Okay.  Enough philosophy?  The practical end of the rule of law is the body of actual rules, from constitutions through statutes and cases and on down to regulations, ordinances, and letters of interpretation.  These are all part of the rule of law.  The irony in practice is that the *lower* one is in the hierarchy, the better.  In law school, however, we spend our time on the "big picture" rules.  This too is misleading, especially come exam time, because the rule of law is more than just what a judge said, or many judges said.  It is everything.

Among this "everything" that will be useful in the exam is a framework: just how do these rules fit together?  (Much of the section on "Getting Good" in the book is about this framework.)  

This is, broadly, the outline of the law.  (Sound familiar?)  So, if were were to look at a commercial outline in, say, Torts, we would see the very same topics in every one.  When we drill down to, say, negligence law, we will see something interesting.  Old outlines will have a "majority rule" for contributory negligence, for example, plus all the ancillary doctrines (assumption of risk, last clear chance...), and also the "minority rule" for comparative negligence.  We fast forward to a modern outline and what do we see?  The very same doctrines . . . except they're now reversed.  As a society, we didn't like the old rule; it was too strict.  So, we developed a new rule.  Over time, the minority rule became the majority rule, and the old majority rule became the exception.  But the specific rules within that structure remain steadfastly consistent.  This is why it really doesn't matter what source you use; they're all pretty much the same.  It is absolutely crucial, however, to understand that framework.  Without that understanding, it's all gibberish.

This is why the law exam is the law exam is the law exam.  It seem crazy (and scary), and it is.  But every exam is going to test the basic concepts, because it has to.  (The "basic concepts" includes ALL of the rules, exceptions, and exceptions-to-exceptions.  Thus, it's a combination of general and highly technical . . . just like the law.)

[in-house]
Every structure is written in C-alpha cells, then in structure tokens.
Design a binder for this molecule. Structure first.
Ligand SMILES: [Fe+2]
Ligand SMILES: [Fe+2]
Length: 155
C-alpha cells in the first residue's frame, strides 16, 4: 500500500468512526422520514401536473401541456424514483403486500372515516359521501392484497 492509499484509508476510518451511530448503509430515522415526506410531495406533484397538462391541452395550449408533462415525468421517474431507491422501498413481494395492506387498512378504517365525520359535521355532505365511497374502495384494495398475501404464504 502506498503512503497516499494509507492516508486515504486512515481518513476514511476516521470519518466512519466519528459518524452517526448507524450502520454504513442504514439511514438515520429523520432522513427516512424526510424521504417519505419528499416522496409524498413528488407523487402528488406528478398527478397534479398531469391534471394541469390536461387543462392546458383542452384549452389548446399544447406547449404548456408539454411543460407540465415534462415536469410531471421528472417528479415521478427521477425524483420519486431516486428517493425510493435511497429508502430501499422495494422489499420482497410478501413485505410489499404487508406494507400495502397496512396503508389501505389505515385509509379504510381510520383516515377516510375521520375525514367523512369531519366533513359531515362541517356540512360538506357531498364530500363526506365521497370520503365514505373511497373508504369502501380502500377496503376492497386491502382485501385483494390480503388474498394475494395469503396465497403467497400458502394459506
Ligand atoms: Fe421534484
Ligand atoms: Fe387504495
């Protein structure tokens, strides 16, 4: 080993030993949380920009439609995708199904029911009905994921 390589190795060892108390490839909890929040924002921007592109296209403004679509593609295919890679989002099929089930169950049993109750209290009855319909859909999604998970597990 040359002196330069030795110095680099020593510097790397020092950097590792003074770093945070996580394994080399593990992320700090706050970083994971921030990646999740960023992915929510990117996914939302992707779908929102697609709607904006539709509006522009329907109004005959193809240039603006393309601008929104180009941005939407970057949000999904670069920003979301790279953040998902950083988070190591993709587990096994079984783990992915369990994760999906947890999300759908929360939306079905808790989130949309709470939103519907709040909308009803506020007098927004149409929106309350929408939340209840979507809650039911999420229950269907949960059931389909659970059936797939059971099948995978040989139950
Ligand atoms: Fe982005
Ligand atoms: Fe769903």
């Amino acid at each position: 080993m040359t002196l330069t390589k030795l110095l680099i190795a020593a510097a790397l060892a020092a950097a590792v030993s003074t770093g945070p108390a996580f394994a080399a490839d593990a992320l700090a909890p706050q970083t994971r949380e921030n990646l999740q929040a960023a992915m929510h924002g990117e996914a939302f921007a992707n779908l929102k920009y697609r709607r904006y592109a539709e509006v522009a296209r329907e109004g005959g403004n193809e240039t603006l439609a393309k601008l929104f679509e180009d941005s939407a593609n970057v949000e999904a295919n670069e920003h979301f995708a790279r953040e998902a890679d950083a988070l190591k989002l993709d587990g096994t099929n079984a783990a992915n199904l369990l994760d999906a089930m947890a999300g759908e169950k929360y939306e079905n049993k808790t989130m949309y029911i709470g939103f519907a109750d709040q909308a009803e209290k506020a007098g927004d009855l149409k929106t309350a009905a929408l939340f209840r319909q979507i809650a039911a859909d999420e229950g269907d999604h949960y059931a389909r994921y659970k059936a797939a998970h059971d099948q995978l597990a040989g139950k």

It also thus draws upon all the skills of crafting your own outline and working through hypotheticals (including practice exam after practice exam).  This is why the conventional means of "study" in law school are inefficient at best, and often counterproductive.  They're certainly exhausting and highly frustrating and quite likely to lead to burnout and excruciatingly unlikely to lead to that "A" grade.



2) What is legal reasoning? I know this sounds awefully general, but I did not really understand what you meant by what you said regarding my last question in the answer you gave me.

I have nothing against the school or traditions. But it is really frustrating if I think about it because I believe many students, like me, are confused about what is true and what is not. We hear so many different things that conflict with each other, sometimes these things we are confused about are the very basic studying method or how to approach class discussions. Yet, when I discuss these problems with others, many tell me some strange things, even the academic advisor at my school. (Like I may not be for law school or I might have some learning deficiencies or whatever). I know this sounds very emotional and not logical, but really, people who are not doing so good now may improve if they are given proper directions. (After all, how can you judge whether someone is for law school or not after only 1 semester of studying the law? assuming that person never studied law in her life?)

It is general, but in fact this is an excellent question and concern.  This is one reason law students are so miserable, and misled.  Hour upon hour without a real sense of what it is they're supposed to be doing, and never quite sure if what they are doing is in fact right.

Okay.  "Legal reasoning" is the process of thinking through a fact pattern in light of the law.  

Alternatively, "legal reasoning" is the process of thinking through the law in light of a fact pattern.